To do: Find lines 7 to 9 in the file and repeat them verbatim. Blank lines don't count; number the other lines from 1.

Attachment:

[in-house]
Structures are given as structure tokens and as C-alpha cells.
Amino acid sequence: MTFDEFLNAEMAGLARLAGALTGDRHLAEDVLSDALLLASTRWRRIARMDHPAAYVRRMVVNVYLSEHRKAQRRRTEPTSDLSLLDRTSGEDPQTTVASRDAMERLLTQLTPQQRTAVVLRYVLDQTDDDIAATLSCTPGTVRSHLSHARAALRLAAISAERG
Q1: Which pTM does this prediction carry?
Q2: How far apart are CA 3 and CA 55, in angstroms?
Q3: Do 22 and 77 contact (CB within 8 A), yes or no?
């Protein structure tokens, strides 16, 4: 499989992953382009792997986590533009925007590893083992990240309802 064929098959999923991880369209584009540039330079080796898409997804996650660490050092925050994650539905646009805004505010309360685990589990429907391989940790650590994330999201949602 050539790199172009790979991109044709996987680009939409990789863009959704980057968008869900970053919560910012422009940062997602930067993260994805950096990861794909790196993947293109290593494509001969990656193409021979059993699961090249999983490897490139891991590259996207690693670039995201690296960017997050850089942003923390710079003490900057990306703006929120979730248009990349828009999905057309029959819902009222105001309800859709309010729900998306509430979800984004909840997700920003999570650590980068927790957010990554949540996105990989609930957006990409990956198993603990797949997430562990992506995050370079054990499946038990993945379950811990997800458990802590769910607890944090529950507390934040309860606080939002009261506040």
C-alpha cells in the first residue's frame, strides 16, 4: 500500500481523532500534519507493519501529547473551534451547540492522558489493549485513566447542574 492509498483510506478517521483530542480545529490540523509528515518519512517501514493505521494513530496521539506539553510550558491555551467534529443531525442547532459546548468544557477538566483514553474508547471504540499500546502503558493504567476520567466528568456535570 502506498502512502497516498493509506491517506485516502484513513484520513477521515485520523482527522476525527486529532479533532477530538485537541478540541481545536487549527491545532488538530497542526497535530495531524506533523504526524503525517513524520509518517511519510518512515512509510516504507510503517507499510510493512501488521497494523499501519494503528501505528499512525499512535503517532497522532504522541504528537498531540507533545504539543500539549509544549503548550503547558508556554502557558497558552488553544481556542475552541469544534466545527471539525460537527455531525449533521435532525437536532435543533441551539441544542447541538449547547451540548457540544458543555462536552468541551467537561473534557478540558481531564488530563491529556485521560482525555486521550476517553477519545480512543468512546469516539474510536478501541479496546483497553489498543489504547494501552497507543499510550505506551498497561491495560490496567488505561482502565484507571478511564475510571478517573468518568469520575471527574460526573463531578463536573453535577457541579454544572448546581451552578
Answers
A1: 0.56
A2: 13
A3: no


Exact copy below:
């Protein structure tokens, strides 16, 4: 499989992953382009792997986590533009925007590893083992990240309802 064929098959999923991880369209584009540039330079080796898409997804996650660490050092925050994650539905646009805004505010309360685990589990429907391989940790650590994330999201949602 050539790199172009790979991109044709996987680009939409990789863009959704980057968008869900970053919560910012422009940062997602930067993260994805950096990861794909790196993947293109290593494509001969990656193409021979059993699961090249999983490897490139891991590259996207690693670039995201690296960017997050850089942003923390710079003490900057990306703006929120979730248009990349828009999905057309029959819902009222105001309800859709309010729900998306509430979800984004909840997700920003999570650590980068927790957010990554949540996105990989609930957006990409990956198993603990797949997430562990992506995050370079054990499946038990993945379950811990997800458990802590769910607890944090529950507390934040309860606080939002009261506040």
C-alpha cells in the first residue's frame, strides 16, 4: 500500500481523532500534519507493519501529547473551534451547540492522558489493549485513566447542574 492509498483510506478517521483530542480545529490540523509528515518519512517501514493505521494513530496521539506539553510550558491555551467534529443531525442547532459546548468544557477538566483514553474508547471504540499500546502503558493504567476520567466528568456535570 502506498502512502497516498493509506491517506485516502484513513484520513477521515485520523482527522476525527486529532479533532477530538485537541478540541481545536487549527491545532488538530497542526497535530495531524506533523504526524503525517513524520509518517511519510518512515512509510516504507510503517507499510510493512501488521497494523499501519494503528501505528499512525499512535503517532497522532504522541504528537498531540507533545504539543500539549509544549503548550503547558508556554502557558497558552488553544481556542475552541469544534466545527471539525460537527455531525449533521435532525437536532435543533441551539441544542447541538449547547451540548457540544458543555462536552468541551467537561473534557478540558481531564488530563491529556485521560482525555486521550476517553477519545480512543468512546469516539474510536478501541479496546483497553489498543489504547494501552497507543499510550505506551498497561491495560490496567488505561482502565484507571478511564475510571478517573468518568469520575471527574460526573463531578463536573453535577457541579454544572448546581451552578
Answers